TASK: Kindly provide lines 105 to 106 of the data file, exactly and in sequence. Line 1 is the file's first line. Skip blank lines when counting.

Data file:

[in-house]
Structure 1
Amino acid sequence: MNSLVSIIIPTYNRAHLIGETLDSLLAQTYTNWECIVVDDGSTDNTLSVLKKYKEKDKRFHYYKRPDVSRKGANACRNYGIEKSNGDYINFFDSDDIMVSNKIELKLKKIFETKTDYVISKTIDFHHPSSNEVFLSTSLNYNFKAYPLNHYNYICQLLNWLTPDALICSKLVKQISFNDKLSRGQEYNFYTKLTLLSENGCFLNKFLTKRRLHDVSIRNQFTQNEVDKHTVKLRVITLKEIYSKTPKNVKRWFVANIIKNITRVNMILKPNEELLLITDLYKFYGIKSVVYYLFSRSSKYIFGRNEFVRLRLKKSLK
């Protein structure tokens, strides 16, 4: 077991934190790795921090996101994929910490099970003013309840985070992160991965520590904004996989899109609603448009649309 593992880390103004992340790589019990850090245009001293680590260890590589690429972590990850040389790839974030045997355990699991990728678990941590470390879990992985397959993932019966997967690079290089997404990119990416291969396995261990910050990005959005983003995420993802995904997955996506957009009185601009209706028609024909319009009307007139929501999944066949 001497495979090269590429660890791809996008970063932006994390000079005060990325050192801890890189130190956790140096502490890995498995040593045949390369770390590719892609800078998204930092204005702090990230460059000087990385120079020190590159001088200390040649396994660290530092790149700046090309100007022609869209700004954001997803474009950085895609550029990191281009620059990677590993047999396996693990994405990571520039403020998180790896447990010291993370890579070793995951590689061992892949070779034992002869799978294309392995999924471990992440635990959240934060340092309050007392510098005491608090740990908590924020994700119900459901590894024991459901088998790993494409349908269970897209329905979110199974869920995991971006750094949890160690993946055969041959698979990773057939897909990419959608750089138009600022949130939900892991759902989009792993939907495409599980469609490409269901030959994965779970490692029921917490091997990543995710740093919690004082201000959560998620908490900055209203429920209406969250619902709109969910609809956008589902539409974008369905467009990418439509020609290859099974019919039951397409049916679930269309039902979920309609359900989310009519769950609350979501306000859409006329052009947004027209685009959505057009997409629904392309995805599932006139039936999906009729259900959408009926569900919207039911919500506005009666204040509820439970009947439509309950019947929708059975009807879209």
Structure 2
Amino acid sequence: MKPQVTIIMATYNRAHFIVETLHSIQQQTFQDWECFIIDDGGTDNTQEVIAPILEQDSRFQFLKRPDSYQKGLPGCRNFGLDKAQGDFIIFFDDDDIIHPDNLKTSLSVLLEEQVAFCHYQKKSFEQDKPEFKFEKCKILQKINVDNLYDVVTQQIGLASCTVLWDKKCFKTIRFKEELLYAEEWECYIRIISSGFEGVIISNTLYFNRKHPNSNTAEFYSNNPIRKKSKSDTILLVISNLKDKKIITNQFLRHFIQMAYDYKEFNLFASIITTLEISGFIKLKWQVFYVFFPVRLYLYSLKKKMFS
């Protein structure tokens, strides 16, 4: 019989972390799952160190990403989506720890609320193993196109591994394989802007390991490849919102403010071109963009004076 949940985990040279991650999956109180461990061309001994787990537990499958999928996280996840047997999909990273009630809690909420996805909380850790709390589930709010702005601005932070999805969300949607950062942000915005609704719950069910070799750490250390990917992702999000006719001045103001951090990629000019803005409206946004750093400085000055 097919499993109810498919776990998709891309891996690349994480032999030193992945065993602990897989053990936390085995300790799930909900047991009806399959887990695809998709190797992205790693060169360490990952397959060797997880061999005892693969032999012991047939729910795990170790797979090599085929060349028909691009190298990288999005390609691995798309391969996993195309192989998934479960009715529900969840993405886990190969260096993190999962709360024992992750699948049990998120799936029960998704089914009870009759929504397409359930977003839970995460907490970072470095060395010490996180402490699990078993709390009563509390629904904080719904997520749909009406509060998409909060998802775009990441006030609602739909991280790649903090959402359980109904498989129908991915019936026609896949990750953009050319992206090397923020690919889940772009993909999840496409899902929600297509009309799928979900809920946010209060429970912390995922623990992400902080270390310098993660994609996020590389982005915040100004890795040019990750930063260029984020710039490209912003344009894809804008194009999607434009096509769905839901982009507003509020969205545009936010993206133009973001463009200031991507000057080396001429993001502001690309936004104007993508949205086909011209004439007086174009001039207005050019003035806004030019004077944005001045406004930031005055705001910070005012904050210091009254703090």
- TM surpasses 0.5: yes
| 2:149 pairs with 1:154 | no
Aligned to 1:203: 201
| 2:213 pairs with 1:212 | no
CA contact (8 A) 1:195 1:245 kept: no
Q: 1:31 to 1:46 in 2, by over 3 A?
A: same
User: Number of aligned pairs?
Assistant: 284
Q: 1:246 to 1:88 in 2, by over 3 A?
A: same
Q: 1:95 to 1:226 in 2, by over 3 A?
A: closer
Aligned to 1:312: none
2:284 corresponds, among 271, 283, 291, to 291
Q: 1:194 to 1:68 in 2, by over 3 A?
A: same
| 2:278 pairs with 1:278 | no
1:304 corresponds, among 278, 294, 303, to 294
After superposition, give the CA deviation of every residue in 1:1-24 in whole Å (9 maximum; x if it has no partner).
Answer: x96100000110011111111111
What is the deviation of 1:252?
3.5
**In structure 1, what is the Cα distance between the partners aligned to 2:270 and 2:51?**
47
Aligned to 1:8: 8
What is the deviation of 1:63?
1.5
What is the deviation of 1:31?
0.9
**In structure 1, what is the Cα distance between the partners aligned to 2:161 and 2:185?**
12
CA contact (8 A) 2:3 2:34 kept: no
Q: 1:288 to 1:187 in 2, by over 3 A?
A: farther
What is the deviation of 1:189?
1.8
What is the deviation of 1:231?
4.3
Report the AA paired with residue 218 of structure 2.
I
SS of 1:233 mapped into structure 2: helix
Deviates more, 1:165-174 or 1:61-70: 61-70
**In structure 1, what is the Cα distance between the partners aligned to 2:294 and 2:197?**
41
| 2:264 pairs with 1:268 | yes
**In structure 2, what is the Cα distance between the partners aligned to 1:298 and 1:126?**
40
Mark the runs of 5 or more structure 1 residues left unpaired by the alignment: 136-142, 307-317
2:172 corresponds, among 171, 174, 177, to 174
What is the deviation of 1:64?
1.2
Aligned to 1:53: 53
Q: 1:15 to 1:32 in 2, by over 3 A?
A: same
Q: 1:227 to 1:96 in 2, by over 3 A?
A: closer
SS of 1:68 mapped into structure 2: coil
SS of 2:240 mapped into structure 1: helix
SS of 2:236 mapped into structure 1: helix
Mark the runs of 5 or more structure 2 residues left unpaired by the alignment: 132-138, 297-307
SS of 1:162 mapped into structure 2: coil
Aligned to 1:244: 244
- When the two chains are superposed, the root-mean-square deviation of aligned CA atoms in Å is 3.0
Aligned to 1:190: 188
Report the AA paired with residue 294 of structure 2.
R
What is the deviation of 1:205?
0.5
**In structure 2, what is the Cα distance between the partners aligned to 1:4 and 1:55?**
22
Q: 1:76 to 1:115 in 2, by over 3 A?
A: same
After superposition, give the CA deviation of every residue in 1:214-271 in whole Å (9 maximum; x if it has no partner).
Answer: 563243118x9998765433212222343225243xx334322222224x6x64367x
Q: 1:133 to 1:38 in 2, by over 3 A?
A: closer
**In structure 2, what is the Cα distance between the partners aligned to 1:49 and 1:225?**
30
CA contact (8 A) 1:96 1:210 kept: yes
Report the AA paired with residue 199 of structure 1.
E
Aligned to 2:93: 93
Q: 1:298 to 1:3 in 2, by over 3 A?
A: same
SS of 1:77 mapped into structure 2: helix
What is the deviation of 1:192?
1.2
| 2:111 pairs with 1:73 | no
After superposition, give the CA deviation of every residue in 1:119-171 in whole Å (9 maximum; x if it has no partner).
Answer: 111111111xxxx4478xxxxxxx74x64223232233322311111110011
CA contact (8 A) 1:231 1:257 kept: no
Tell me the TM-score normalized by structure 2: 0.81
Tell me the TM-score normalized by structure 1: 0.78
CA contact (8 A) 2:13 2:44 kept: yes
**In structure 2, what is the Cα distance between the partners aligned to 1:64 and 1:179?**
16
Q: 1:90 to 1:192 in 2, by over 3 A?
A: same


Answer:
Q: 1:90 to 1:192 in 2, by over 3 A?
A: same